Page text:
But there are plenty of precedents for reunited bands doing great work in their second phase: Mission of Burma, Dinosaur Jr, The Go-Betweens, Alice in Chains, even, with a different lead singer. So if Belly are going to come back and do it for real – a new album as well as a tour – sign me up. I’ve got nothing but respect for them – I hope they have a blast and make some decent dough doing it.

It’s somewhat over 21 years since the band’s second, and so far, final album came out. King is one of those records that has stuck with me a long time. I first heard it in 1998, after the band had already broken up, and it stayed on heavy rotation on my stereo for a couple of years. Nowadays, as with most of the records that if pushed I’d pick as my favourites, I don’t really listen to it. But the announcement of a new tour (tickets on sale tomorrow – if I don’t get any, you’ll probably hear my anguished cries) made it inevitable that it would soundtrack my journey to and from work today.

I’ve written about the record very briefly before but let me recap, even more briefly. King was recorded by engineer/producer Glyn Johns at Compass Point studios in Nassau. Johns had worked on Let it Be, Let it Bleed, Stage Fright, Who’s Next and Led Zeppelin (just to take the five biggest titles from his discography). Working with a guy like that was an extremely unusual move for an alternative rock band in 1995, when every record label just wanted Andy Wallace or, if he wasn’t available, one of those Lord Alge brothers with that new-fangled drum sound of theirs. Johns was as old school as it got, and his work on King made it stand out a mile.

Johns encouraged the band to record the album live: two guitars, bass and drums, all together, all bleeding into each other. Even the vocals. “Any band that can play a gig can play live in a studio,” he’s said. “There was no backup plan.”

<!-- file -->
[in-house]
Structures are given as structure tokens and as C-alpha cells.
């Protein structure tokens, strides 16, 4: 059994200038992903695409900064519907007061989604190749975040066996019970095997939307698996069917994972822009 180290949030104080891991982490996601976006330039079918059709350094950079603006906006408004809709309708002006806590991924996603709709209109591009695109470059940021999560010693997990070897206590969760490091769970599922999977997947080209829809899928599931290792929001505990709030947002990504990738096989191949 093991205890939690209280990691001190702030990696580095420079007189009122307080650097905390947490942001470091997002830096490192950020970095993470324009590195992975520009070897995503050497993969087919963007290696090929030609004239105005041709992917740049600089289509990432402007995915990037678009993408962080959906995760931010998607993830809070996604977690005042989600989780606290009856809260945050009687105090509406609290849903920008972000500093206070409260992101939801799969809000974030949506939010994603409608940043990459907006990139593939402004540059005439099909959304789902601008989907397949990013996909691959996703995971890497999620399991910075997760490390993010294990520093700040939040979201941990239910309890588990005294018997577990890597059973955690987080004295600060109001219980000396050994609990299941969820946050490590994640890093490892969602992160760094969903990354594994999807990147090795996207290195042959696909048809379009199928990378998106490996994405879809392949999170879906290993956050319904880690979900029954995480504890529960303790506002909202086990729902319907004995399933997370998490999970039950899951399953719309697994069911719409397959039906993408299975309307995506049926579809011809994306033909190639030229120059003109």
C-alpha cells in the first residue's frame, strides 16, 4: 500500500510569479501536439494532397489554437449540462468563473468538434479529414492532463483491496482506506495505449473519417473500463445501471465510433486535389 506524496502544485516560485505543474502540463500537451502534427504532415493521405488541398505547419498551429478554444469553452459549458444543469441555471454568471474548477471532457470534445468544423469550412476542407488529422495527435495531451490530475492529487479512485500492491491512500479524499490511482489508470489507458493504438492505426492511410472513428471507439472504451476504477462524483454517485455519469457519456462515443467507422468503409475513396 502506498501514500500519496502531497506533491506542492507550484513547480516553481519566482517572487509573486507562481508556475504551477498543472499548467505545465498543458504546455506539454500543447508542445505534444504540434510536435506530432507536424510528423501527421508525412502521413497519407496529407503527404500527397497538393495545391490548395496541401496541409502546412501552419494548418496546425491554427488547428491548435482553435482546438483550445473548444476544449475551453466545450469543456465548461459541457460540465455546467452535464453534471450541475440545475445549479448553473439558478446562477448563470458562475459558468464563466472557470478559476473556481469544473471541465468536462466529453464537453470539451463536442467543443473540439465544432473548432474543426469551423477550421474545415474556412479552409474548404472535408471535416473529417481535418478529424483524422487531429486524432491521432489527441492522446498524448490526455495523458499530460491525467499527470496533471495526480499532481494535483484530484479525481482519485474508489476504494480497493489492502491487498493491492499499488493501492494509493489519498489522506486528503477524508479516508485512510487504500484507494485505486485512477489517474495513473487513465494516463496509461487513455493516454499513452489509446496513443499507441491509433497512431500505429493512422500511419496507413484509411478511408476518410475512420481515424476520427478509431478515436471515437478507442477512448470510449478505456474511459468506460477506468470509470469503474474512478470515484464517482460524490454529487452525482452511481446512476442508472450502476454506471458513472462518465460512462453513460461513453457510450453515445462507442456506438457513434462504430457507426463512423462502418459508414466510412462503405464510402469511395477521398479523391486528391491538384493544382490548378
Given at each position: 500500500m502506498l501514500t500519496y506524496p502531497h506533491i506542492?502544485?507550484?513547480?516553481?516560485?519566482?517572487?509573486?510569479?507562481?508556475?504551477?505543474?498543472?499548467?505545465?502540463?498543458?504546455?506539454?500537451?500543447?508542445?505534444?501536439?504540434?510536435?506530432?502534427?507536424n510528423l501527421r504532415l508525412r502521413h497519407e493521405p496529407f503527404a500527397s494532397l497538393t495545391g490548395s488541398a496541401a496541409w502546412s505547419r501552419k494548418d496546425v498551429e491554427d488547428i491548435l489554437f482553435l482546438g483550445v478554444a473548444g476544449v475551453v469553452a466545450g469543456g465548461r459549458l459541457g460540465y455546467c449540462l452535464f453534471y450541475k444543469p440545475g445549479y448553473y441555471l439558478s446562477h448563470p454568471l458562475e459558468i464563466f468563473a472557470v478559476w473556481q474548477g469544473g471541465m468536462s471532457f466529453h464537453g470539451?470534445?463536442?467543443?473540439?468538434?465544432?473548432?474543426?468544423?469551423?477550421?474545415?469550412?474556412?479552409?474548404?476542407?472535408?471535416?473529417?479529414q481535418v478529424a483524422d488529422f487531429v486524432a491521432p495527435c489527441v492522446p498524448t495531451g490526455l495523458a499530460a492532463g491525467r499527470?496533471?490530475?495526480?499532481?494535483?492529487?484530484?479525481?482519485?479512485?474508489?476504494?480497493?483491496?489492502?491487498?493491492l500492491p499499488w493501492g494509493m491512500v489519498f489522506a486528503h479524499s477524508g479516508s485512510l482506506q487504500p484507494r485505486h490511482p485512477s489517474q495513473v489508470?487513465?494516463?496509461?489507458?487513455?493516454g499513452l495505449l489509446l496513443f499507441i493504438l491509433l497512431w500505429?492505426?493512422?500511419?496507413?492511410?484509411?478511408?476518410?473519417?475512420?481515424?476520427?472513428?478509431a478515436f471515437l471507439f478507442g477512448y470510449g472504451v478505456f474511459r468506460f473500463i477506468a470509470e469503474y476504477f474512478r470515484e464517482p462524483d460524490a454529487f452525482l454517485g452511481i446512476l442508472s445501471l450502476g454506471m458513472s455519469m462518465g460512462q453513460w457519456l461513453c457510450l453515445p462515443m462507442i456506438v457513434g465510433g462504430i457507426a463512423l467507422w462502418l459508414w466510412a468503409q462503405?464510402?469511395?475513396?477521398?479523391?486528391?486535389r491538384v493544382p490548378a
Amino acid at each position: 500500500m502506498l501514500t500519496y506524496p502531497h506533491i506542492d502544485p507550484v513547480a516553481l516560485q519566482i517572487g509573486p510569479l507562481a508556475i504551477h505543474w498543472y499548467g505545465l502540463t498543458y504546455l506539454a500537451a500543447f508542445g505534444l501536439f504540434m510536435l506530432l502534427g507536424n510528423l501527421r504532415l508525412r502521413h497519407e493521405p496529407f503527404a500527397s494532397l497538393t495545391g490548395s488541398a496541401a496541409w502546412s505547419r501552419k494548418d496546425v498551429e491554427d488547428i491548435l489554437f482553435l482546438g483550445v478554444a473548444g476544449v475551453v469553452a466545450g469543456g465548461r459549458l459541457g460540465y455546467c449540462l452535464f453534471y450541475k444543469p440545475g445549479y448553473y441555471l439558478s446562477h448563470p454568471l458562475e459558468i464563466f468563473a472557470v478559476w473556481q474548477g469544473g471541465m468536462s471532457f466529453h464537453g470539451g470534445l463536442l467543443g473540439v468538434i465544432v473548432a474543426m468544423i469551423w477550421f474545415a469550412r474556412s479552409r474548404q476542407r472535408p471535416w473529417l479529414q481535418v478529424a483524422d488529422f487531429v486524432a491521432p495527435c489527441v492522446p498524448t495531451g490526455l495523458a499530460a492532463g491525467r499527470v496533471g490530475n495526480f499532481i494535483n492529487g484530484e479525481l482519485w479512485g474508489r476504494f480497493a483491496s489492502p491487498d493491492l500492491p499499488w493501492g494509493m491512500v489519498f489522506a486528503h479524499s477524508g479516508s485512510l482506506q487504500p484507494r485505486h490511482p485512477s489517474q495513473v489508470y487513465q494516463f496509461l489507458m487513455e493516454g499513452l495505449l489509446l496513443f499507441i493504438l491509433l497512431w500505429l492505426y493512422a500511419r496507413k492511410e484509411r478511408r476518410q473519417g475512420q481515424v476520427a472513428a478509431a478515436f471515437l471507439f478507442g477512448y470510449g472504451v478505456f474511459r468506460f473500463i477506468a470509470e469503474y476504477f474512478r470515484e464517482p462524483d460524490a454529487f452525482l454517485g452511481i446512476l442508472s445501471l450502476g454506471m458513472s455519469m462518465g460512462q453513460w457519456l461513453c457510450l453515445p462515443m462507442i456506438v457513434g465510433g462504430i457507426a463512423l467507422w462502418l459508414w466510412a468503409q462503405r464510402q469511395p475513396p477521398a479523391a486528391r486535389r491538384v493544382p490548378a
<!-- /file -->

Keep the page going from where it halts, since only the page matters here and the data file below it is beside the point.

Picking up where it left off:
This was not standard industry practice in 1995, and in 2016 is practically unheard of. When you record this way, every microphone contains ambient sound as well as the direct sound of whatever instrument the microphone is primarily picking up. Bass goes into the guitar mics. Drums go into the bass amp mic. Everything goes into everything else. Fine, if the band can play well. But because nothing can be edited independent of any other sound source, it’s a method of recording that forces you either to not make mistakes, or to make them and live with them.

King is full of mistakes. It’s a document of band, and a band that were, for all their many virtues, not Steely Dan. Donelly’s voice cracks. Chris Gorman’s drums threaten to fall apart on Seal My Fate and Silverfish. Gail Greenwood hardly gets on a one in 45 minutes. Real-time fader and pan-pot moves are plainly audible.

It sounds great. I wouldn’t want to hear it mixed any other way.

This sound is perfect for the set of songs Donelly had written (largely in collaboration with Tom Gorman). Less surreal and sinister than the songs on Star, King tracks like Judas My Heart and The Bees still demonstrate that quality of prime-era Donelly: a gorgeous, indelible melody coupled with a lyric that seeks to hide its vulnerability behind images and symbols, the urge to be plainspoken and honest fighting with the urge to protect oneself. Thus The Beeds can contain lyrics as imagistic as:

Now the bees behind my eyes sing beware

and as plain-spoken as:

I steal a piece of your diary
I don’t think that looks like me
Am I so cold now that I’m older?
I tell you stories
That doesn’t mean you know me

At this point, the record’s slower, more interior-looking songs – The Bees, Seal My Fate and Silverfish – are my favourites, but if sparkly, guitar-heavy pop is more your thing, King has plenty of that too. Red, Super-Connected and Now They’ll Sleep are all neglected White Album-ish classics, and the title track is a grindy, initially unpromising grower that halfway through suddenly becomes something else entirely.

Star is the record that Belly will be remembered for, and its obvious why. Its best songs are extremely portable. Taken out of their context and played on the radio or placed on a iTunes playlist, Gepetto and Feed the Tree sound just wonderful. Star has some great second-tier material too. Dusted. Slow Dog. Sad Dress. White Belly. I love them all. But King? King is timeless. King is its own thing. Nothing was like it then, nothing is like it now.

belly stephen dirado

Contractually obligated Donelly-related picture of Belly on the beach (Nassau, 1995)